I am currently reading some of the homilies of John Chrysostom (347-407) and will be posting selections from his insights into scripture. For those unfamiliar with this particular saint, a brief description may prove helpful.
As Archbishop of Constantinople, he was a well known bishop and preacher from the fourth and fifth centuries in Syria and Constantinople. He was famous for his eloquence in public speaking and his denunciation of abuse of authority in the Church and the Roman Empire of the time. After his death, he was named Chrysostom, which comes from the Greek word Χρυσόστομος – “golden-mouthed.”
For confusion arises within us, not from the nature of circumstances, but from the infirmity of our minds; for if we were thus affected by reason of what befalls us, then, (as we all sail the same sea, and it is impossible to escape waves and spray,) all men must needs be troubled; but if there are some who stand beyond the influence of the storm and the raging sea, then it is clear that it is not circumstances which make the storm, but the condition of our own mind. If therefore we so order the mind that it may bear all things contentedly, we shall have no storm nor even a ripple, but always a clear calm.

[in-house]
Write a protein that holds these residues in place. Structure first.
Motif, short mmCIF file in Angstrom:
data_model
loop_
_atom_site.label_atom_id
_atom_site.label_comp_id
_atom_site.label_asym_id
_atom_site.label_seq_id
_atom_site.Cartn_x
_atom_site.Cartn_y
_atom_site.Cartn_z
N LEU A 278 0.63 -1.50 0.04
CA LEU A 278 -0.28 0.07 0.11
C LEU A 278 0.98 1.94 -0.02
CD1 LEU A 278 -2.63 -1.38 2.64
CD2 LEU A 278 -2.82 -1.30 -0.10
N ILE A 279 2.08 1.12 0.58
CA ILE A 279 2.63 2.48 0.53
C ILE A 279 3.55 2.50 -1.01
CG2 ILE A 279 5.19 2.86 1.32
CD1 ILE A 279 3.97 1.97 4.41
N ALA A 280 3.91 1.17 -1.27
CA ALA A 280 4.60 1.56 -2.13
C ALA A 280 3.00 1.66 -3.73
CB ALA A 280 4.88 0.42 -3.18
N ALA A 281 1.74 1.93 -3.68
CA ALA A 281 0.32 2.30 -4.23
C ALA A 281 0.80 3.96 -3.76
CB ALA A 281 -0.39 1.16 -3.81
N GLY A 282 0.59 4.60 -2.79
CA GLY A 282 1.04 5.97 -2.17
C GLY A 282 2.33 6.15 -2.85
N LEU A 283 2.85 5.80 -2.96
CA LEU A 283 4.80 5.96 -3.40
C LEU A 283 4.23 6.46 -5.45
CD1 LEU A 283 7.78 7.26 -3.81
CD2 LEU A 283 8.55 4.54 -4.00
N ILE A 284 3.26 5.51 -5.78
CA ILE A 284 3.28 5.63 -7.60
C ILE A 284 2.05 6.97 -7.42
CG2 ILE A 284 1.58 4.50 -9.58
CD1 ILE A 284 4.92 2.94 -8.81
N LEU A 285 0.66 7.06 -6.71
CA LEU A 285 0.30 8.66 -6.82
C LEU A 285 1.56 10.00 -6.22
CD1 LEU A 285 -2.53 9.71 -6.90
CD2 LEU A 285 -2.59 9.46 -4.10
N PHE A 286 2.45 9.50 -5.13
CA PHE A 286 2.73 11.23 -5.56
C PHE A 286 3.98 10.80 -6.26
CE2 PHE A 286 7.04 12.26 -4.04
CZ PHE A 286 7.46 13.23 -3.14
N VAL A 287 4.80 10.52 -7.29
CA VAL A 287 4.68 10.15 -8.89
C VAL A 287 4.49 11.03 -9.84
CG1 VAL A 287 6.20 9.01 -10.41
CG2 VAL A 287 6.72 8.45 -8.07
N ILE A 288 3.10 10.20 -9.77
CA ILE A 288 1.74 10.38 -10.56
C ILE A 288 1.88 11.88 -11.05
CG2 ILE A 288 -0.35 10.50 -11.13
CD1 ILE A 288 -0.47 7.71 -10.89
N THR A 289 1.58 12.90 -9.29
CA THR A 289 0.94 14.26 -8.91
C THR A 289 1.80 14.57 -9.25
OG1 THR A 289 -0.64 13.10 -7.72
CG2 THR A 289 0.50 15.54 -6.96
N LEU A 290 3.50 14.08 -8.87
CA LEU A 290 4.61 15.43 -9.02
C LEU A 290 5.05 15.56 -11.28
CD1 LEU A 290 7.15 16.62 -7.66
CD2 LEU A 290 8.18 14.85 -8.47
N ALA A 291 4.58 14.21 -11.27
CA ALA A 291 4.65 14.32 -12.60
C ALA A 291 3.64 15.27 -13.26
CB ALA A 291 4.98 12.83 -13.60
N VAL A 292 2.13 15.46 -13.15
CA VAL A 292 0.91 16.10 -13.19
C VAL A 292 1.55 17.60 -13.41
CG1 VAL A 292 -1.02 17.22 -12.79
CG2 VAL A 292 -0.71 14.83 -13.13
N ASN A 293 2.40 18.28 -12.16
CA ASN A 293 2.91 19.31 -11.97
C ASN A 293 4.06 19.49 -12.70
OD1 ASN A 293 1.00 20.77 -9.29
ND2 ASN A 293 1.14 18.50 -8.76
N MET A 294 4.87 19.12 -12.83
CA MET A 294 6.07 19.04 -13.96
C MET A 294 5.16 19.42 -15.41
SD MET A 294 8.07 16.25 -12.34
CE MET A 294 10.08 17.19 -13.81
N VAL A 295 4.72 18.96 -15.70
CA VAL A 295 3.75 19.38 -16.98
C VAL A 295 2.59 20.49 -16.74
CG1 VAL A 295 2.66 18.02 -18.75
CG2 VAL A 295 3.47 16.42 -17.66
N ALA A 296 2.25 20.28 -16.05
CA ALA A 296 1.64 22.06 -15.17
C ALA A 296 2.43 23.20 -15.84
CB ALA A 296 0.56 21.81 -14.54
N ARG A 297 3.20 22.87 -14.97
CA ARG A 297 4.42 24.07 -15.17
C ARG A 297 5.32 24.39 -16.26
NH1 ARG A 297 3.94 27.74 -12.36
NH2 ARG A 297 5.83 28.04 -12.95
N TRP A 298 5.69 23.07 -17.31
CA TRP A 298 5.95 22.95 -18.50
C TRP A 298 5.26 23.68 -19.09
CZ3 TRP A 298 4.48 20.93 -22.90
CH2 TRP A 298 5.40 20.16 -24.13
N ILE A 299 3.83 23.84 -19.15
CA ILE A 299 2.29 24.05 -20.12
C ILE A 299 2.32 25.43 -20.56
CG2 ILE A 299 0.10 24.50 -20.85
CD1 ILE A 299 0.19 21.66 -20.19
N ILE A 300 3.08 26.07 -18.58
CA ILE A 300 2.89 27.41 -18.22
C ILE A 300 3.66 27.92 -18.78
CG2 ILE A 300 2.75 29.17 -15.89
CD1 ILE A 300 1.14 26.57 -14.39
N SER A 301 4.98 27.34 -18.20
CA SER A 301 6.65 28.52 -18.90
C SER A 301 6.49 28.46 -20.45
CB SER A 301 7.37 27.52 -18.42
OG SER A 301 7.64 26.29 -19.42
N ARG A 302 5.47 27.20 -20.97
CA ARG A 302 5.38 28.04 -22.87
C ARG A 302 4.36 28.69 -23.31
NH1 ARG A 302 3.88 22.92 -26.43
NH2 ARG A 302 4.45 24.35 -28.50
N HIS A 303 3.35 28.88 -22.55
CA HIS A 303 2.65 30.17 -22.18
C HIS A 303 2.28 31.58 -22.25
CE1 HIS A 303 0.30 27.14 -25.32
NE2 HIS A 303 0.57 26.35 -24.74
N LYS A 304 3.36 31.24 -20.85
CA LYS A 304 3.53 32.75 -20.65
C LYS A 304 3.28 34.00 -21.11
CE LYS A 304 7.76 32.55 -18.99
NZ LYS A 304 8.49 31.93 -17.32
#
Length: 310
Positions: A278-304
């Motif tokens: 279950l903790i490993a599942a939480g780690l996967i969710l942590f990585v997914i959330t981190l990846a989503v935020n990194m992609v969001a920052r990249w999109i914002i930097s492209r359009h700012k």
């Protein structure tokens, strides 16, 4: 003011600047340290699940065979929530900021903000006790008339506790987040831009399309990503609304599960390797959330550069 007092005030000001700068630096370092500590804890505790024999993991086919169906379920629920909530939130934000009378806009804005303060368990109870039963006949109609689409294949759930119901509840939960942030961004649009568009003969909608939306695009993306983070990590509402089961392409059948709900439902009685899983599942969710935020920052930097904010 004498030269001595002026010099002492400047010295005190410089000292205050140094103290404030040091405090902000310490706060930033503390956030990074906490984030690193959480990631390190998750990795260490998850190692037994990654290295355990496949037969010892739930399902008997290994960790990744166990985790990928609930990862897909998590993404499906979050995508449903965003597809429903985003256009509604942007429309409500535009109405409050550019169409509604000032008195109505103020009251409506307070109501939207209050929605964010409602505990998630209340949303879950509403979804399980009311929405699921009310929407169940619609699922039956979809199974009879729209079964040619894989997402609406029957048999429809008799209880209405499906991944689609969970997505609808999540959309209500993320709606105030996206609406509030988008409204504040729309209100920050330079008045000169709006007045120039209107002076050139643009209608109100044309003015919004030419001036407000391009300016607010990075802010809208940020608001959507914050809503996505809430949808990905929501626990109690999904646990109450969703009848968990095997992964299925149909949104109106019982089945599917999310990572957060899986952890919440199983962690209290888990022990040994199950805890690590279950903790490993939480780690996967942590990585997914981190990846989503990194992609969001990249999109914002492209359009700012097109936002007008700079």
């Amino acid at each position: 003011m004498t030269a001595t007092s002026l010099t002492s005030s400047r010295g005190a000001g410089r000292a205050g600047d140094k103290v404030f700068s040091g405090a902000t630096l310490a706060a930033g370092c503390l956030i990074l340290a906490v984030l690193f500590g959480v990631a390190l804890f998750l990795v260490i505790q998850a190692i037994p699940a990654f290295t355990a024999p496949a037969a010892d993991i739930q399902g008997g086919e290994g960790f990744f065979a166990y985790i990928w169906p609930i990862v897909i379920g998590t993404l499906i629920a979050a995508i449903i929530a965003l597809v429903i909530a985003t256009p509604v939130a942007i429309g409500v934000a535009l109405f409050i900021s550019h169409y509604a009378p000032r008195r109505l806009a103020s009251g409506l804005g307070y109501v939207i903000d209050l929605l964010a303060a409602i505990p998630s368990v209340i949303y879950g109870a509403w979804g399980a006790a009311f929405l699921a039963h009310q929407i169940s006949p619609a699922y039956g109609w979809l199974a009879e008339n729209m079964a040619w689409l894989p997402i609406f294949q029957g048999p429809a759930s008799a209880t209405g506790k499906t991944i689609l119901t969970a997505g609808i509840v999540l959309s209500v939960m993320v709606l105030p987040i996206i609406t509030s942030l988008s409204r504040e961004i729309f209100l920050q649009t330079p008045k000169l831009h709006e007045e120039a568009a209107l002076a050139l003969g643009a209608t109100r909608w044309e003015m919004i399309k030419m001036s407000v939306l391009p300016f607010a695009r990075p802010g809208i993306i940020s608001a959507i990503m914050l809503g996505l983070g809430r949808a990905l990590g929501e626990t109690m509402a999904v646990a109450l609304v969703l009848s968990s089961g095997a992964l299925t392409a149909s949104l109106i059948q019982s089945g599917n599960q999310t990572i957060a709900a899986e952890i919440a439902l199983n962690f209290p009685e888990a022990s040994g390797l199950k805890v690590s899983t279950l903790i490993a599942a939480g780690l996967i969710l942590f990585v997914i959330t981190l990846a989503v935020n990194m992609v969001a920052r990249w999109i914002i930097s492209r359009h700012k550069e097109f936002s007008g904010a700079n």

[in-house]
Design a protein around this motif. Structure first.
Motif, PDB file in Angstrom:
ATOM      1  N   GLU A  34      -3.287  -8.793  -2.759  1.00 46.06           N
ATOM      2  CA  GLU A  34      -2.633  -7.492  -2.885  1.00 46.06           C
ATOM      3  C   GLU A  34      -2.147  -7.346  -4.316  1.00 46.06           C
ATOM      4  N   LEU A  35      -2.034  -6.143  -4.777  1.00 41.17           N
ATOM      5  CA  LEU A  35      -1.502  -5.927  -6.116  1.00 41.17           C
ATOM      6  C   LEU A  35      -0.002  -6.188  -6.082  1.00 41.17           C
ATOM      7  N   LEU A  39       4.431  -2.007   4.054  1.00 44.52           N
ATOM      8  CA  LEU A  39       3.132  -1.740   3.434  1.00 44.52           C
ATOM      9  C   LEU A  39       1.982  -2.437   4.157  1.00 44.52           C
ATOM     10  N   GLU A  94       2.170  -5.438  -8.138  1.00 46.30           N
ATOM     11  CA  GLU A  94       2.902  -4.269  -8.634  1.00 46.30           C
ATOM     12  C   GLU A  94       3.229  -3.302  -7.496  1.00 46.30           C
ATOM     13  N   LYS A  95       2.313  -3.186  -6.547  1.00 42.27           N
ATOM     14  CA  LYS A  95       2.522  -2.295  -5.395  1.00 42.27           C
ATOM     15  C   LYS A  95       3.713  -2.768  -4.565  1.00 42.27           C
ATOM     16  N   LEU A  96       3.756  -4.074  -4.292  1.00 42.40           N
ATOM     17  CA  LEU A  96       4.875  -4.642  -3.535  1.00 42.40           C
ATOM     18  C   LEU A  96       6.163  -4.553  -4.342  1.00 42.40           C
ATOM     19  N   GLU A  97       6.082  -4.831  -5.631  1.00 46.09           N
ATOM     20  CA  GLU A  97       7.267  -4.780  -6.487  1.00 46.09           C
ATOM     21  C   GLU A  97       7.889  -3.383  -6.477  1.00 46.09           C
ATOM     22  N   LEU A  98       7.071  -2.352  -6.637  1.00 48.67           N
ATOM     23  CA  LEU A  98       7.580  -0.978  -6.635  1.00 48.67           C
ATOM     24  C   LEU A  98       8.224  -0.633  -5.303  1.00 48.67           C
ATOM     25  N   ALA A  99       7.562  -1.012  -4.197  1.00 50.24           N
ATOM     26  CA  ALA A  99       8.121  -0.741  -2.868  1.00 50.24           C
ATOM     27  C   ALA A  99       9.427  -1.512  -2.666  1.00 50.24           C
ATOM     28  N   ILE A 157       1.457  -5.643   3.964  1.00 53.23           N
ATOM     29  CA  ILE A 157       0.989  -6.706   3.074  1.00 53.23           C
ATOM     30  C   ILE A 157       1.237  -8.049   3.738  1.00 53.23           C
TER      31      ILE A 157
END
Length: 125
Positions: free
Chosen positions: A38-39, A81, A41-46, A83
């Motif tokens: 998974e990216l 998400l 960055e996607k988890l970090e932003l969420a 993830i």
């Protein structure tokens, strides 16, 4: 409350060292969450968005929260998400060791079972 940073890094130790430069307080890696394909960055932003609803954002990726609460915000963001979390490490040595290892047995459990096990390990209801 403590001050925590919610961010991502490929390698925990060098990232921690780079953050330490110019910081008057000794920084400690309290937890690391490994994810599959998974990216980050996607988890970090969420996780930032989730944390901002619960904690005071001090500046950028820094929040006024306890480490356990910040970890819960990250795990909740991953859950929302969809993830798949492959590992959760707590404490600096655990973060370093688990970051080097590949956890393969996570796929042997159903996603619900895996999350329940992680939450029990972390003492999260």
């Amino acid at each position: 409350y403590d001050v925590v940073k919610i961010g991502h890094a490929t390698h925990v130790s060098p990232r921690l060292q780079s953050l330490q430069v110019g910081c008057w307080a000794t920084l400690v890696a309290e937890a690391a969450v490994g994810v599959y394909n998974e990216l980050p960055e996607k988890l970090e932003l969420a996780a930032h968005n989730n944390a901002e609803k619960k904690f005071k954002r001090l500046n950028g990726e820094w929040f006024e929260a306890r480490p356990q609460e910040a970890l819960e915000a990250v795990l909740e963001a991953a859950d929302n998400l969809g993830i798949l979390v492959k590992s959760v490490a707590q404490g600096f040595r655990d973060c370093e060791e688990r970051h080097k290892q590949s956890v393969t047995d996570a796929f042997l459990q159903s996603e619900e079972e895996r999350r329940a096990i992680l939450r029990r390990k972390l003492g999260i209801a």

- Gospel of John, Homily 3.2